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Does religion psychologically abuse the human mind?

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Voting Style: Open Point System: 7 Point
Started: 12/24/2016 Category: Religion
Updated: 1 year ago Status: Post Voting Period
Viewed: 1,166 times Debate No: 98407
Debate Rounds (3)
Comments (32)
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I believe that religion can be extremely harmful for the mental health of young minds who are born into a particular faith system. I will support the notion that children must have the right to choose by themselves what to believe or not believe, when they reach an appropriate age of understanding the world around them.


I was raised Catholic but now that I've grown and become accustomed to the world, I have identified as an agnostic atheist, and my parents accept me for it.

I don't think that religion hurts the mind, it actually gives a sense of faith and hope as well as community with those of the same religion. I think as a child, having the sense that you believe in something bigger than yourself and the universe (other than the scientific view) will make it easier to later comprehend truth and fiction within your own mind.

Of course, everyone has their own views on what's right and what's wrong, and throughout your childhood and early teenage years, people are being able to discover themselves, and their own religion.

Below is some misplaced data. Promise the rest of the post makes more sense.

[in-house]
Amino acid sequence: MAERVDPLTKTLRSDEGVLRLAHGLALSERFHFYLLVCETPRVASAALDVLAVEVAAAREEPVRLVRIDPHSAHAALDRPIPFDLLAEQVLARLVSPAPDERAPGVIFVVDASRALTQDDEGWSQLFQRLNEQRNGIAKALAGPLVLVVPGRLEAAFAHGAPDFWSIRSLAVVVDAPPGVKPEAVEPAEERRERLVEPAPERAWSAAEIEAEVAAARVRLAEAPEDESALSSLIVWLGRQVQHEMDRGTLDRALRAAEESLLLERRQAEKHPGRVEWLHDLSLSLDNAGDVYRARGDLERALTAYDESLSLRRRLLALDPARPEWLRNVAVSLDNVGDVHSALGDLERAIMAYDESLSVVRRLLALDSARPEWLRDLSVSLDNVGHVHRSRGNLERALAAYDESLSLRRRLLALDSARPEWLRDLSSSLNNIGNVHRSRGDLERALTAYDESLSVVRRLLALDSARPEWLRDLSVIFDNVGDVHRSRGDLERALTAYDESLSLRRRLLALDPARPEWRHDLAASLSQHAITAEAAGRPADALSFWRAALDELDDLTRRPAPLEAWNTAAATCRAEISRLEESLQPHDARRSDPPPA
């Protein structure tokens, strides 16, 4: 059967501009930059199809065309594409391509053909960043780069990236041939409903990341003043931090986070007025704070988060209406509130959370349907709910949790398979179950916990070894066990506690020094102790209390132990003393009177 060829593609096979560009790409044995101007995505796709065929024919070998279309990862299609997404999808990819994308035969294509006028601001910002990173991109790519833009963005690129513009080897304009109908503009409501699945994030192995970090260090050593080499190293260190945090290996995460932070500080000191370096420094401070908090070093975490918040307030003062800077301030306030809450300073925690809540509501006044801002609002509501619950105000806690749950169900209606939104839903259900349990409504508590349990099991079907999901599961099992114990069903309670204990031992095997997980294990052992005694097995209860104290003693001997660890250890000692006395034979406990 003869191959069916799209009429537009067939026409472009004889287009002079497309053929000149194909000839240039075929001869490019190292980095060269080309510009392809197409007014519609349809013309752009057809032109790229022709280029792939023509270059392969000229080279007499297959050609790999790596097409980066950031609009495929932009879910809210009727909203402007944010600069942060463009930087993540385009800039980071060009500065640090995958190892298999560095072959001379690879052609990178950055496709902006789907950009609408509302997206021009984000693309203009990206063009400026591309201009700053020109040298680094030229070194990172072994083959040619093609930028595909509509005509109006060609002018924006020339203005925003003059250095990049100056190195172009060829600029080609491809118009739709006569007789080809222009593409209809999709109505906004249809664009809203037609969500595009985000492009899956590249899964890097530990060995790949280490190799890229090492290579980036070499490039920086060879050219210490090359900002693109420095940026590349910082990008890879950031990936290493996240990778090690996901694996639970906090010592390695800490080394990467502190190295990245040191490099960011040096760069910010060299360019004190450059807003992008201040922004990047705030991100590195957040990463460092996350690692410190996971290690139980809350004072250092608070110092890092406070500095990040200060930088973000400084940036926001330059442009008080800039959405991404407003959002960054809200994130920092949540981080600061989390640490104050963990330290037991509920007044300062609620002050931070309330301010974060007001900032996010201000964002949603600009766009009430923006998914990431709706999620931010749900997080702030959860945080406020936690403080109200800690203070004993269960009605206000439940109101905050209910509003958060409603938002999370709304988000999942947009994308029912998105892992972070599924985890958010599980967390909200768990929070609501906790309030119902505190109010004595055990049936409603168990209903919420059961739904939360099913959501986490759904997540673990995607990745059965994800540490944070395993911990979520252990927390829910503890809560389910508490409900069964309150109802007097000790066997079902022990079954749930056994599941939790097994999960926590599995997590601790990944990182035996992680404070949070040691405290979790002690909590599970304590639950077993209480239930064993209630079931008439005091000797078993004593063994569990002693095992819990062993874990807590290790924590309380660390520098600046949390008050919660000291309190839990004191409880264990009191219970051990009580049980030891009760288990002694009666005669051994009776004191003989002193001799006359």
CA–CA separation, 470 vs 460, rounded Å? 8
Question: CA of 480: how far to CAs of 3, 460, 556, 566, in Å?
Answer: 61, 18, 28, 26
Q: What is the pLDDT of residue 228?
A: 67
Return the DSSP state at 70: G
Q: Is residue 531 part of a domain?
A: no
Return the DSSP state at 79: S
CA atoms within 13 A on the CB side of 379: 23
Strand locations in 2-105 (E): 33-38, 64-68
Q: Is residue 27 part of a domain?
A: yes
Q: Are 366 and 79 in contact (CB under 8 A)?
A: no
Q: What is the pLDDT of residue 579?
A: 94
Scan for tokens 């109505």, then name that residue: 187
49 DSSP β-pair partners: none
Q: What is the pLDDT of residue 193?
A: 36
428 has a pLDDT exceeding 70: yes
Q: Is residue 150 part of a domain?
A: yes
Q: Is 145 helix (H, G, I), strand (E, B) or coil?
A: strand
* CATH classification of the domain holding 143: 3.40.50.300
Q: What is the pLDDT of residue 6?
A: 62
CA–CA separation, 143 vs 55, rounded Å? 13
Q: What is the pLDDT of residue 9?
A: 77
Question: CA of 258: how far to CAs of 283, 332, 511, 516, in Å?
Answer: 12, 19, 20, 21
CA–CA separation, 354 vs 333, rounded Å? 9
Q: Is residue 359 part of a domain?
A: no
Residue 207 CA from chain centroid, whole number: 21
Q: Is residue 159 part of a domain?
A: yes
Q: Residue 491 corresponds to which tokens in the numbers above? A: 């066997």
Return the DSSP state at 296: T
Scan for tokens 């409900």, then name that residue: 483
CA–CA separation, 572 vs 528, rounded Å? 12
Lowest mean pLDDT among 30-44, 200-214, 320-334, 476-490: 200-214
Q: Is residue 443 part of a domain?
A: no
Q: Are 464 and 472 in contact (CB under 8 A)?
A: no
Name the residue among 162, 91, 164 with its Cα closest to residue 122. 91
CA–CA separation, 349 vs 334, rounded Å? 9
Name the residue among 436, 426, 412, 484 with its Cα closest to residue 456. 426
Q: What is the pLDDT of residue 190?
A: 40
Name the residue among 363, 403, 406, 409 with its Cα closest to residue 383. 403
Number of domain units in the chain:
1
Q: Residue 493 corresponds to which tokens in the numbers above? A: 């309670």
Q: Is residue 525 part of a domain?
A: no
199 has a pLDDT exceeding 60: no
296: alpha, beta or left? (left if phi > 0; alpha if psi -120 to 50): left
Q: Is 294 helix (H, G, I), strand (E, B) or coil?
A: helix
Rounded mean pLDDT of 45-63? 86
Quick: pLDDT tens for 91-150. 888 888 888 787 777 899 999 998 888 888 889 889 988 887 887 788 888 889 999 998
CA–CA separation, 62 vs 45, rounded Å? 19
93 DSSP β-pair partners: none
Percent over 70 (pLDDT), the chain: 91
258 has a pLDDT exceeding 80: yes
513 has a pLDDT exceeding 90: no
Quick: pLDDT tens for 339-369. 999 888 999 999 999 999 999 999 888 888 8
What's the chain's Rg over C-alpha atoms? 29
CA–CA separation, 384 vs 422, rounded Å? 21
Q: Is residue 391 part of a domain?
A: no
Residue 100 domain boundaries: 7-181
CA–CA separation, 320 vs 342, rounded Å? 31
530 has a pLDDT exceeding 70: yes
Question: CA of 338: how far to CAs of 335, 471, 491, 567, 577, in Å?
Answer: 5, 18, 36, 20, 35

To me, it doesn't matter where you start, nor do I think that having the same religion as your parents/family growing up, and/or when you're older "psychologically abuses the mind;" it's just a mere starting point.
Debate Round No. 1


Let me explain more what I mean when I say psychological abuse. I do not support the notion that religion is overall bad. Having faith and teach your kids morals benefits various societies in a very high degree. Social events like baptisms, marriages and funerals play an important role in human uniting.

But let's investigate more the God hypothesis. There are thousands of religions all over the world today with a respectful amount of followers. Some have a longer history than others, some are more complicated to grasp than others, but none of them has been proven to be correct. There is no evidence or proof that such a thing as a devine being exists and intervenes over our lives. We choose to believe and have hope that God exists. It depends of how we interpret the book of our faith, how we see the world around us, and how educated we are in matters that discuss our existence.